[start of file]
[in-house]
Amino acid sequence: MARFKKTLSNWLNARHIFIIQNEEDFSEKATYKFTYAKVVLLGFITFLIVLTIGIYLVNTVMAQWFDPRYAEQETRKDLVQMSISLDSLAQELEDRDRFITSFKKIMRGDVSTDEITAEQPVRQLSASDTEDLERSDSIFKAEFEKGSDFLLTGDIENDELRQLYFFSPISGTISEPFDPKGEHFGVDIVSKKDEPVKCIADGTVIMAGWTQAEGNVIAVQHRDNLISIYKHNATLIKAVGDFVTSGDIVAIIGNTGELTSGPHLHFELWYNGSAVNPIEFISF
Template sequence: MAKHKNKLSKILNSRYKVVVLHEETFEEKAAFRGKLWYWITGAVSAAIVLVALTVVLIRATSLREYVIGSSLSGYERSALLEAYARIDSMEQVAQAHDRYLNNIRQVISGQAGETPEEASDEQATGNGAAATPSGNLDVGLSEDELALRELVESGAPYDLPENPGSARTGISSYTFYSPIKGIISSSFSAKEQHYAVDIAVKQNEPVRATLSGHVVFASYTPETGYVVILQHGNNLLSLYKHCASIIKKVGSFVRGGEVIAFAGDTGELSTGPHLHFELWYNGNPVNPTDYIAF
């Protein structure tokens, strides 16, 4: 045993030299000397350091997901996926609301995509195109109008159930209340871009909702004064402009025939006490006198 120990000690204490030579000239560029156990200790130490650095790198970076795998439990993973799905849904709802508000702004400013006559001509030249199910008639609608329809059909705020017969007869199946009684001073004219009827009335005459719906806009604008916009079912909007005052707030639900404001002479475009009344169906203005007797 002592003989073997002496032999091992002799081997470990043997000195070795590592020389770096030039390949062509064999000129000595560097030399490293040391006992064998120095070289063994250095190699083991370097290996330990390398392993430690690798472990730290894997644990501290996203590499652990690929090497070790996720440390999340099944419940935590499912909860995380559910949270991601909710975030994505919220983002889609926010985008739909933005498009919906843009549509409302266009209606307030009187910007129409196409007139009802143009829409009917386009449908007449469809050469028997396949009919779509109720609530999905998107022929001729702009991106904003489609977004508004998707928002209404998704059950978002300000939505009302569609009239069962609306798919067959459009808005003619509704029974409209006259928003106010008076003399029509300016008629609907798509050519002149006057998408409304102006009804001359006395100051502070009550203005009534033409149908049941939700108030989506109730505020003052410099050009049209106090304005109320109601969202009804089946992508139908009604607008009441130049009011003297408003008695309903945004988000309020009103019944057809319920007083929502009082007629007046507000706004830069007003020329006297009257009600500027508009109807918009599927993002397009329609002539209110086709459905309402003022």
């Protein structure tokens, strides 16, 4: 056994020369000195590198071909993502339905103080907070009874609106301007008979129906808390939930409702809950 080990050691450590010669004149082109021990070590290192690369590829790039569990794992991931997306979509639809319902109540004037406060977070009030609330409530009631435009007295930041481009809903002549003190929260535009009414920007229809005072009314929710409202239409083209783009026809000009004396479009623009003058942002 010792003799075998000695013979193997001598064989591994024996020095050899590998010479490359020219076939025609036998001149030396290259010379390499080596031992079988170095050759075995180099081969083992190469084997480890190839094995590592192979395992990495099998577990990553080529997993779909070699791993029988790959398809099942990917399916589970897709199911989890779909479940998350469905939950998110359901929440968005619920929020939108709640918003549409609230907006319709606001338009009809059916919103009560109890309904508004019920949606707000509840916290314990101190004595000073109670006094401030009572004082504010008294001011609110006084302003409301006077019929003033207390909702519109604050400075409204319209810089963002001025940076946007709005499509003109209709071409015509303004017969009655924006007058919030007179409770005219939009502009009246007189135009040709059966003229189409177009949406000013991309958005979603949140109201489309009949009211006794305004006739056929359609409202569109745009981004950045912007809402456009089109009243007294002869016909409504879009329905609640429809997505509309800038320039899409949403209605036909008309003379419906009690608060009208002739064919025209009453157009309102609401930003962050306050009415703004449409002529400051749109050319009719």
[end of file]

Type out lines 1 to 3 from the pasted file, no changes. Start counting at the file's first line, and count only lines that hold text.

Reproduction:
[in-house]
Amino acid sequence: MARFKKTLSNWLNARHIFIIQNEEDFSEKATYKFTYAKVVLLGFITFLIVLTIGIYLVNTVMAQWFDPRYAEQETRKDLVQMSISLDSLAQELEDRDRFITSFKKIMRGDVSTDEITAEQPVRQLSASDTEDLERSDSIFKAEFEKGSDFLLTGDIENDELRQLYFFSPISGTISEPFDPKGEHFGVDIVSKKDEPVKCIADGTVIMAGWTQAEGNVIAVQHRDNLISIYKHNATLIKAVGDFVTSGDIVAIIGNTGELTSGPHLHFELWYNGSAVNPIEFISF
Template sequence: MAKHKNKLSKILNSRYKVVVLHEETFEEKAAFRGKLWYWITGAVSAAIVLVALTVVLIRATSLREYVIGSSLSGYERSALLEAYARIDSMEQVAQAHDRYLNNIRQVISGQAGETPEEASDEQATGNGAAATPSGNLDVGLSEDELALRELVESGAPYDLPENPGSARTGISSYTFYSPIKGIISSSFSAKEQHYAVDIAVKQNEPVRATLSGHVVFASYTPETGYVVILQHGNNLLSLYKHCASIIKKVGSFVRGGEVIAFAGDTGELSTGPHLHFELWYNGNPVNPTDYIAF